The New Era of Global Supply Chain Ecosystems
18th May 2015 | Mark Millar
In this article Mark Millar discusses the evolution of Supply Chain Ecosystems.
Supply Chains are the arteries of today’s globalised economy – they enable the international trade flows that empower global commerce. Today’s Supply Chains are evolving to reflect the increased complexity of world trade – a highly competitive, super connected, fast changing and increasingly volatile global environment, which is progressively more difficult to predict. Supply Chain Management has now become an essential topic across all spheres of management and a strategic agenda item in every boardroom.
Twenty-first-century supply chains have evolved into world-wide inter-connected supply-and-demand networks with profound interdependencies - comprising vastly more complex operations and with greater exposure to the vulnerabilities of our uncertain world. This is leading to greater use of collaborative partnerships, frequently involving outsourcing and off-shoring, creating elongated networks of organisations comprising multiple stakeholders, which require more sophisticated management, control and communication than ever before. Consequently, modern supply chains have become complex, multi-layered and inter-connected distribution systems that enable companies and countries to trade more effectively and efficiently.
Developed by innovative, competitive and ambitious practitioners and business managers, these ecosystems have become the essential enablers of international cargo flows around the world, bringing economic and social benefits, and leading to a steady improvement in the standard of living for millions.
Confirming how these networks enable business in an increasingly connected world, the Financial Times’ (FT) lexicon describes how “businesses operate in a broader network of related businesses offering particular products or services - this is known as a business ecosystem”. They further define this business ecosystem as “a network of interlinked companies, such as suppliers and distributors, who interact with each other, primarily complementing or supplying key components of the value propositions within their products or services”.
From the supply chain perspective, Cranfield’s Dr Martin Christopher adopts an end-to-end perspective of the flows of product and accompanying information from the source of raw materials to delivery to the end customer - and sometimes beyond - to develop a definition of supply chain as: “the network of organizations that are involved, through upstream and downstream linkages, in the different processes and activities that produce value in the form of products and services in the hands of the ultimate consumer”.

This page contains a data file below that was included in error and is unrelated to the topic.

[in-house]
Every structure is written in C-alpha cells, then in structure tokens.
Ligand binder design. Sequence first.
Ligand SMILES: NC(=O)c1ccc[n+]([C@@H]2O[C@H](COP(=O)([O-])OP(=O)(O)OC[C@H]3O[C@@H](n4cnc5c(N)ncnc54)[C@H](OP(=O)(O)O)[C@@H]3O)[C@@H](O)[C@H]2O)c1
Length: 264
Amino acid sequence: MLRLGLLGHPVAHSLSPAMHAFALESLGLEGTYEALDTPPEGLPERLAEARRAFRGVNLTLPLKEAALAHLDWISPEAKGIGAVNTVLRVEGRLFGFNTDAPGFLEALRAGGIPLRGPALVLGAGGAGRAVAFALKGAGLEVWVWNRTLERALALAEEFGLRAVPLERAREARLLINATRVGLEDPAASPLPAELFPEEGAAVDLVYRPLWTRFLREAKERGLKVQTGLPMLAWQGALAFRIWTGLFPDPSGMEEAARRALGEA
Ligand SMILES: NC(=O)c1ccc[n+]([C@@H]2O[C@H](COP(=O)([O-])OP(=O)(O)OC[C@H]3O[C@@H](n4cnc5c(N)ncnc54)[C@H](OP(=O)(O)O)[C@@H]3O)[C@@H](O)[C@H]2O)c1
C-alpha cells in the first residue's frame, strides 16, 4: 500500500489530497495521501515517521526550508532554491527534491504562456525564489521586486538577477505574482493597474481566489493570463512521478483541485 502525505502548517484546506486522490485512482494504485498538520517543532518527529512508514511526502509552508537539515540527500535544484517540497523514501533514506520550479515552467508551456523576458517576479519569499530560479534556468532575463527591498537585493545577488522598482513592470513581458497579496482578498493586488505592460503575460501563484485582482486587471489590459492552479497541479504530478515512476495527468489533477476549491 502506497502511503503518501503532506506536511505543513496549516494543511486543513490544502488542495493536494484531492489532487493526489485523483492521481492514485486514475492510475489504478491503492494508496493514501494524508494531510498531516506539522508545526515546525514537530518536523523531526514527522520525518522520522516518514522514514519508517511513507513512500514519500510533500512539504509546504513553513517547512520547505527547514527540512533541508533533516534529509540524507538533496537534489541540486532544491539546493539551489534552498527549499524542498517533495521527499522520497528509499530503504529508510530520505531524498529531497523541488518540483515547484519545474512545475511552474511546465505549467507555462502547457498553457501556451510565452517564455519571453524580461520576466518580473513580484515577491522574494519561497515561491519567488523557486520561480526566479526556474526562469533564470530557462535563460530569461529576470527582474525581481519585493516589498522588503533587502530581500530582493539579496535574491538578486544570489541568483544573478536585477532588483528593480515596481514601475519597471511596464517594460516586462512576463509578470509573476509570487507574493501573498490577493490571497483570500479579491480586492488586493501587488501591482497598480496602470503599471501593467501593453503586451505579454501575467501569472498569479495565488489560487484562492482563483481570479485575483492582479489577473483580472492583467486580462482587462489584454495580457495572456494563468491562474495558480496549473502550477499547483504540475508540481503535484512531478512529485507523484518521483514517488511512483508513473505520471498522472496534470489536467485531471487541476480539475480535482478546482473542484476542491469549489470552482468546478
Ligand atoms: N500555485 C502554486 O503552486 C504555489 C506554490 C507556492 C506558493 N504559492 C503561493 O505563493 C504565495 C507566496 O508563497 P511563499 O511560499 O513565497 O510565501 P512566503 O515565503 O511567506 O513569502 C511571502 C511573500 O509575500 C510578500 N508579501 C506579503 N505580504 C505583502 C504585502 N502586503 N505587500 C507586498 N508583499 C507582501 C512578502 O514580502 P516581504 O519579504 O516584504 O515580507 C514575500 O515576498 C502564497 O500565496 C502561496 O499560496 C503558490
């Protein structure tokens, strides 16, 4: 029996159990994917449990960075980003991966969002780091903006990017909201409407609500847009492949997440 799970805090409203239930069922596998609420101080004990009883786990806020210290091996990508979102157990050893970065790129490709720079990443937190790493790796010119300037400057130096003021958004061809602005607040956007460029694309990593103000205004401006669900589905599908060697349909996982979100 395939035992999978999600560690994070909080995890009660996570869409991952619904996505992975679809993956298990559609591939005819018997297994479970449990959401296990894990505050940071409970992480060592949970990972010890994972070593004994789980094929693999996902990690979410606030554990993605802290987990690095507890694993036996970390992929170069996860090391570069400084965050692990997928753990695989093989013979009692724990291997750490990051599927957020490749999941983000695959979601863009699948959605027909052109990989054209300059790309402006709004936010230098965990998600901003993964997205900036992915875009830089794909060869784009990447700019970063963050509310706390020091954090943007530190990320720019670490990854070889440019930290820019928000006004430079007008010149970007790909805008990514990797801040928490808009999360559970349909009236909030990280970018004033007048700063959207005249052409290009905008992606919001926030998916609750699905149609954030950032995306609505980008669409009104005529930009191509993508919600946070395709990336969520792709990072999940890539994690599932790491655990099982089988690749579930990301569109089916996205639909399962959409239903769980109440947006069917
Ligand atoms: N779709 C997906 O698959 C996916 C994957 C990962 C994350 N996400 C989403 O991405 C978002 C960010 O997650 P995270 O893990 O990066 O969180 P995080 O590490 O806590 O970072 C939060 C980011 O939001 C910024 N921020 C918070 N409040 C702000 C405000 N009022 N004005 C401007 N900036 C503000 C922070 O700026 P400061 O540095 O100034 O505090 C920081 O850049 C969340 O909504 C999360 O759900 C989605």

This notion of networks is particularly important, with Christopher reinforcing the key message that modern supply chains are no longer simply linear chains or processes, “they are complex networks - the products and information flows travel within and between nodes in a variety of networks that link organisations, industries and economies”.
Supporting the concept that your supply chain drives competitive advantage for your business, the FT lexicon explains how “Ecosystems also create strong barriers to entry for new competition, as potential entrants not only have to duplicate or better the core product, but they also have to compete against the entire system of independent complementors and suppliers that form the network”.
The linear concept of a chain is therefore no longer adequate to describe today’s complex international networks of suppliers, partners, regulators and customers – together collaborating to ensure the efficient, effective and competitive movement of products, services, information and funds around the world.
These extended multi stakeholder networks have continued to evolve as supply chains have become increasingly strategic, complex and global - we are firmly in the era of Global Supply Chain Ecosystems.
Mark Millar is the author of Global Supply Chain Ecosystems, in which he presents detailed and practical insights that help companies capitalise on market opportunities, overcome supply chain challenges and make better informed business decisions. Acknowledged as an engaging presenter who delivers a memorable impact, Mark Millar has completed over 350 speaking engagements at corporate events, client functions and industry conferences across 23 countries. A Visiting Lecturer at Hong Kong Polytechnic University, Mark is recognised in the 'China Supply Chain Top 20', as one of ‘Asia’s Top 50 Influencers in Supply Chain and Logistics’ and in the 2014 USA listing of 'Top Pros-to-Know in Supply Chain'.